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My cousin and I recently had a brief discussion about the quote above.

A friend of hers had told her that in order to root for a hero, that hero must have flaws and overcome adversity. 

This is pretty typical in present day society. Most people seem to like to root for an underdog. Movies portray it, books are written about it and TV shows thrive on it.

I think it’s in our deep seated, workaholic culture to root for those who have to push through some type of struggle to get their reward. 

But is it the reward or the struggle that makes the hero? 

J.K. Rowling’s Harry Potter manuscript was turned down by some dozen publishers before it was finally accepted by Bloomsbury. That doesn’t negate the quality of her work. If it had been immediately accepted, if she had been wealthy when she wrote it, not a struggling single mother, we might see her differently, but her work stood on its own. 

This discussion about heroes originated in a exchange between my cousin and her friend regarding Tom Brady. 

I wouldn’t consider Brady an “underdog” per se, though he was not immediately recognized in the NFL for the talent that he obviously possesses. He has throngs of fans, and I might be one too except that he was my favorite QB’s rival and more than one of Brady’s trophies is blemished amid allegations of cheating and unethical practices. 

So, while Rowling’s personal story might not enhance the value of her literary contribution, neither are Brady’s impressive additions to sports history enough to cover the misdeeds of those involved in helping him achieve his greatness. But likewise, Rowling’s personal struggles make her an inspiration of perseverance, and Brady’s apparent lack of struggle, and even the scandals that have surrounded his team throughout his career, do not diminish his talent.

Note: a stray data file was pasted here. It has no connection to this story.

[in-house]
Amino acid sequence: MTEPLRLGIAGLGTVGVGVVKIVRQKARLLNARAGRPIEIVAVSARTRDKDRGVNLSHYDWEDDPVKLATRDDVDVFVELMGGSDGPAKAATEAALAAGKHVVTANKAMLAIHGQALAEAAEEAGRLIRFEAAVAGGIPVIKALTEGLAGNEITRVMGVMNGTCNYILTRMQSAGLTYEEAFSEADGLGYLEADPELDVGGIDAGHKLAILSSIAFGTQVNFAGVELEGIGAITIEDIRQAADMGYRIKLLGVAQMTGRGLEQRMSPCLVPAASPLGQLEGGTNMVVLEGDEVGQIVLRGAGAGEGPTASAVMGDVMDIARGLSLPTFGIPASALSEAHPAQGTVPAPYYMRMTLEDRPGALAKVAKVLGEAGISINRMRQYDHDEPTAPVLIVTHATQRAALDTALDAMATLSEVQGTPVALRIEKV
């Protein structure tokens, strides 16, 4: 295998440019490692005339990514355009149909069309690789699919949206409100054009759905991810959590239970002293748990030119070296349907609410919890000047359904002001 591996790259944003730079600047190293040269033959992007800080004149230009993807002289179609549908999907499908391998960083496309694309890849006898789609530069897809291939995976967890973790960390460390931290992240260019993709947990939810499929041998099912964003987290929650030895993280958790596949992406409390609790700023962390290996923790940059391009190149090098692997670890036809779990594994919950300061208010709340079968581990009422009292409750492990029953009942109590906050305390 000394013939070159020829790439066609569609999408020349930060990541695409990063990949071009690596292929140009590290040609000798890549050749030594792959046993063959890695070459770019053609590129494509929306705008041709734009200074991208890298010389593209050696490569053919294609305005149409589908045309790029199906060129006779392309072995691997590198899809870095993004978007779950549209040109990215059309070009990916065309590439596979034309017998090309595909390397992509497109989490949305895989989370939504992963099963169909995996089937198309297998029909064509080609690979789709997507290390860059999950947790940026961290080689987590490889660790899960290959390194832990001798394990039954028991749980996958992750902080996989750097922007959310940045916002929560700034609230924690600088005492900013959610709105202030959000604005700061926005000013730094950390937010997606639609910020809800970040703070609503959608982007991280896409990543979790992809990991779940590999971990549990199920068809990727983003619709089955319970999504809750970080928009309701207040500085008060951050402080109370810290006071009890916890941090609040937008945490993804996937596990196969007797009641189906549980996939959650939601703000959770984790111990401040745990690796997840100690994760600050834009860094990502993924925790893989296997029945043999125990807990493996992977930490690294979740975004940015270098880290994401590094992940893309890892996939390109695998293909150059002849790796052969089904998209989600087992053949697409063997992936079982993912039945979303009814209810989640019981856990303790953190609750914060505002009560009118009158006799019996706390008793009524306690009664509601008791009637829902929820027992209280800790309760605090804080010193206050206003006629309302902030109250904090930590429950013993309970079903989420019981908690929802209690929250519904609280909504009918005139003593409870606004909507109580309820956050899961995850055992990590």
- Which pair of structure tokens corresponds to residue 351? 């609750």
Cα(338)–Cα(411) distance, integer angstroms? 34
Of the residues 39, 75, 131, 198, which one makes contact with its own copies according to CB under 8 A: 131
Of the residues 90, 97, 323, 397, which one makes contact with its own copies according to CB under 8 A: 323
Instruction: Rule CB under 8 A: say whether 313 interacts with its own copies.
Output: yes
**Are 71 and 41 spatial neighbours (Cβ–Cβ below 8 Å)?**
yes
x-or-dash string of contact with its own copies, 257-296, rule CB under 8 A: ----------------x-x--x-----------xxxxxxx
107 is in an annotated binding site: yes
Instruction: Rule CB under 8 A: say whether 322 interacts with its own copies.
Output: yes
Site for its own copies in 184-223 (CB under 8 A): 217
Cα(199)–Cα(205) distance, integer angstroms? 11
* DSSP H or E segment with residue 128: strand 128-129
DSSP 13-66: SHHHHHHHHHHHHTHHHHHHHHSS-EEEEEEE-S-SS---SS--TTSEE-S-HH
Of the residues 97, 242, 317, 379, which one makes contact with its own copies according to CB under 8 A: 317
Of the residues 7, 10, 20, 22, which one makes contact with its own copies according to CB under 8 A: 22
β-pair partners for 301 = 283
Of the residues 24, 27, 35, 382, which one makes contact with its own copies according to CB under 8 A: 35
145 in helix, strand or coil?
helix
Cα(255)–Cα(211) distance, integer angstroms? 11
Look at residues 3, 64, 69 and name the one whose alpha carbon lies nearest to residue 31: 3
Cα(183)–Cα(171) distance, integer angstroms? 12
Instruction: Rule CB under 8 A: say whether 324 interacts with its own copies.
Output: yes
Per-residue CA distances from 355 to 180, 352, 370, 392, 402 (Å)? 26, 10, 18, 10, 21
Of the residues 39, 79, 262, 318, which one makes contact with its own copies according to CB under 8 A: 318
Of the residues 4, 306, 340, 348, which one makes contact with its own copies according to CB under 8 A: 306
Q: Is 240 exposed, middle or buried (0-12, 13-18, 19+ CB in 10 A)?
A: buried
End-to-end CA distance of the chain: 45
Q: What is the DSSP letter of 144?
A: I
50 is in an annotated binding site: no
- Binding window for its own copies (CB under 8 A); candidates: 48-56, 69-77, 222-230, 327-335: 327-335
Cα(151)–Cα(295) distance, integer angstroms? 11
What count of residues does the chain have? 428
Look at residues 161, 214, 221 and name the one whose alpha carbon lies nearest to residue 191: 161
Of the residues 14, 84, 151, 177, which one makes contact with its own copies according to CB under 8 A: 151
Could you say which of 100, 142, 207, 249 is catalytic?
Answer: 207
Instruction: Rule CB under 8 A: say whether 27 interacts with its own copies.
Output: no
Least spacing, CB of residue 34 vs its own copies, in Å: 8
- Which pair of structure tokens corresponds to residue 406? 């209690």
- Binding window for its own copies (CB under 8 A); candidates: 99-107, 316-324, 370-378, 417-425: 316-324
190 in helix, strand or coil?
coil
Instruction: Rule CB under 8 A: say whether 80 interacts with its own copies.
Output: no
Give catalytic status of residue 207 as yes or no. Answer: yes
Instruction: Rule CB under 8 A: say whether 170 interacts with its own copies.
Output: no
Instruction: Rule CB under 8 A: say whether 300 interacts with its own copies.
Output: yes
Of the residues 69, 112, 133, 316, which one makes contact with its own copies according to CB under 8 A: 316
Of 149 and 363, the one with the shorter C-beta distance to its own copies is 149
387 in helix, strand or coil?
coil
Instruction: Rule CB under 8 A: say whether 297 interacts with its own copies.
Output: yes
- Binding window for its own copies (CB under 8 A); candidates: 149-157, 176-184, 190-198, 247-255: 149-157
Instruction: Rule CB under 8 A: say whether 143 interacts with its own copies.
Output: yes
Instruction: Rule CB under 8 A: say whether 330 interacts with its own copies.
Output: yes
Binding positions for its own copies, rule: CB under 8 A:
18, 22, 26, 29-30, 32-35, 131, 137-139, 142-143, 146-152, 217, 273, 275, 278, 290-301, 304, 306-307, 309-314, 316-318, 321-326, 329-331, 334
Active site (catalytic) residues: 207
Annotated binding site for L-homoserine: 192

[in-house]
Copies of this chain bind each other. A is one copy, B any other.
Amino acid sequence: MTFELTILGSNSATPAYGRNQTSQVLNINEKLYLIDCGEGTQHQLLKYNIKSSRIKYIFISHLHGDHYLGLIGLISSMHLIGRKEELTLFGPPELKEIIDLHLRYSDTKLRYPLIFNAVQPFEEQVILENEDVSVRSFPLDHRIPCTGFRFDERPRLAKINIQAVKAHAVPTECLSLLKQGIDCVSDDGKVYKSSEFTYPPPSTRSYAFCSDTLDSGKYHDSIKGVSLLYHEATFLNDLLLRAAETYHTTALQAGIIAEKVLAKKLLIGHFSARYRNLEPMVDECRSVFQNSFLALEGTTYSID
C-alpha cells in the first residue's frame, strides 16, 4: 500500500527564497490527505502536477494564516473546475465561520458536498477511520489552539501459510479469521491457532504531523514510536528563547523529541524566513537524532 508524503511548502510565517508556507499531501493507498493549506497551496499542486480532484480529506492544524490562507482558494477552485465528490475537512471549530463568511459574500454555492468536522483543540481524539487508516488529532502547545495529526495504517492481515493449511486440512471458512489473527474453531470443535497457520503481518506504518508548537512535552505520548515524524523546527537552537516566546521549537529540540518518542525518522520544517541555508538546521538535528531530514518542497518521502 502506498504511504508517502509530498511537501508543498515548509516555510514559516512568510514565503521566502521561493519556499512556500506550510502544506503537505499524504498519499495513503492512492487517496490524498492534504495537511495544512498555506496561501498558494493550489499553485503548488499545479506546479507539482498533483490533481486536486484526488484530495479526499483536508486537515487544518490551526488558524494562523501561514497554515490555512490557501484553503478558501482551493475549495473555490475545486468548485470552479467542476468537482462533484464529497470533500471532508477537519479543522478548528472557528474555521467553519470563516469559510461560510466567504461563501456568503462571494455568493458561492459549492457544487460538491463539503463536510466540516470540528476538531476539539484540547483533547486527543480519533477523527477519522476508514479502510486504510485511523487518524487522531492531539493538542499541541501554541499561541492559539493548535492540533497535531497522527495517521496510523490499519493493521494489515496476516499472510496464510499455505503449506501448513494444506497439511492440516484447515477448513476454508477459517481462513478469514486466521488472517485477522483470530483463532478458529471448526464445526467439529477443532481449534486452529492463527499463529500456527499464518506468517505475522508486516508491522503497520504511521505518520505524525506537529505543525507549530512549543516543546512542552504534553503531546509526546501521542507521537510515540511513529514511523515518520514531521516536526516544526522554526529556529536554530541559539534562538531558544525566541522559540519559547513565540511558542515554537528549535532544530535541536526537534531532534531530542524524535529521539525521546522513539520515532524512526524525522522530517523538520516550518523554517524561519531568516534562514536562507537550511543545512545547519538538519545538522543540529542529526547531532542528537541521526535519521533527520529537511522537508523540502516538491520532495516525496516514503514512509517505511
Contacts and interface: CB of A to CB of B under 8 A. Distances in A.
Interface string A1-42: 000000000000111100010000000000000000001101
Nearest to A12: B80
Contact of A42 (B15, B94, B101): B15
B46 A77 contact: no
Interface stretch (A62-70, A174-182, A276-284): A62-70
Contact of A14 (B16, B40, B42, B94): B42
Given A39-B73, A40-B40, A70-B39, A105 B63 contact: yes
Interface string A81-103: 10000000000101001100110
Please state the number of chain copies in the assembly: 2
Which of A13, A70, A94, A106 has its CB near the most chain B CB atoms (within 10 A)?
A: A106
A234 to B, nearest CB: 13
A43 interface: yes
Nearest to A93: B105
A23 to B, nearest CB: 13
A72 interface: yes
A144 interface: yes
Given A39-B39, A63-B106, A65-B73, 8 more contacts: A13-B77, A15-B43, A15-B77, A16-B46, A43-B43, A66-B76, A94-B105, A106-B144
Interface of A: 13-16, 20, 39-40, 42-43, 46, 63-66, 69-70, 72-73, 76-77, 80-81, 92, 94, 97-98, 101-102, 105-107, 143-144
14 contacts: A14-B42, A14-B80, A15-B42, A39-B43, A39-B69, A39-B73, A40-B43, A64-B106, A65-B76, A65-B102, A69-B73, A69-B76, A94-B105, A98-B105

To me, this just furthers the argument that people really do want to see the “little guy” go the distance and place at least some importance on the details of that journey.

We hear it from a young age: David and Goliath, Jack and the Beanstalk, Robin Hood. Men on a mission who have to push through, and often stand alone, to defeat the naysayers.

I think, overall, as much as we get swept up in the movement of overcoming adversity, many of us simply crave quiet integrity, in others, but also within ourselves.

I love Peyton Manning. He was the reason I fell in love with pro football. He played differently than anyone who came before him. Smart, calculated. A scholar of the game as much as a player. He only has 2 Super Bowl rings, but they are not tarnished. He was an incredible talent, but he also worked and practiced to become the best he could be. He overcame adversity in injury, and in the fact that he struggled at times to go the distance when championships were on the line. I see more of myself in his story because I believe it to be more realistic of what most of us end up achieving. He will not go down as the greatest QB of all time, Brady will likely claim that honor. For a while anyway. But Manning just did the best he could with what he had and won some and lost some. Like we all do. His victories, to me, are in the way he played more than the trophies he won.

While shining examples of success like Rowling and Brady might make our eyes glaze over, and inspire visions of greatness, most of us will only ever achieve what the world would consider mediocrity.

But outside opinions do not diminish the greatness that is possible within us. I doubt that there are many people who haven’t had to overcome something, or many things, to become the hero of their own story. 

Part of the problem is that we see heroism as something monumental that only a few can truly acheieve. But what about little victories, the ones nobody appreciates but us?

If I’m lucky, I might have 100 people read this post. My personal heroism is not in the finished work though, it’s in the writing. It’s in the pushing through all of my insecurities about who will read my work, and what they will think, and simply doing it because it is in the doing that I get better and, more importantly, stay true to myself and my talents.

We equate heroism with victory. But victory is often found in the quiet places of the journey, not in the destination.

Somewhere, within us all, is a hero. Because somewhere, within us all, is the underdog fighting for what is important to it. 

For some, the victory today might be adding one more day to their record of sobriety. For others, getting out of bed when depression longs to keep them in the dark. Some may win a marathon, and others may be lacing up their running shoes for the very first time. 

Wherever you find yourself today, I challenge you: Let your journey be your victory, and let your accomplishments, be they many or be they few, never be the standard by which you measure yourself and whether or not you were the hero of your own story.

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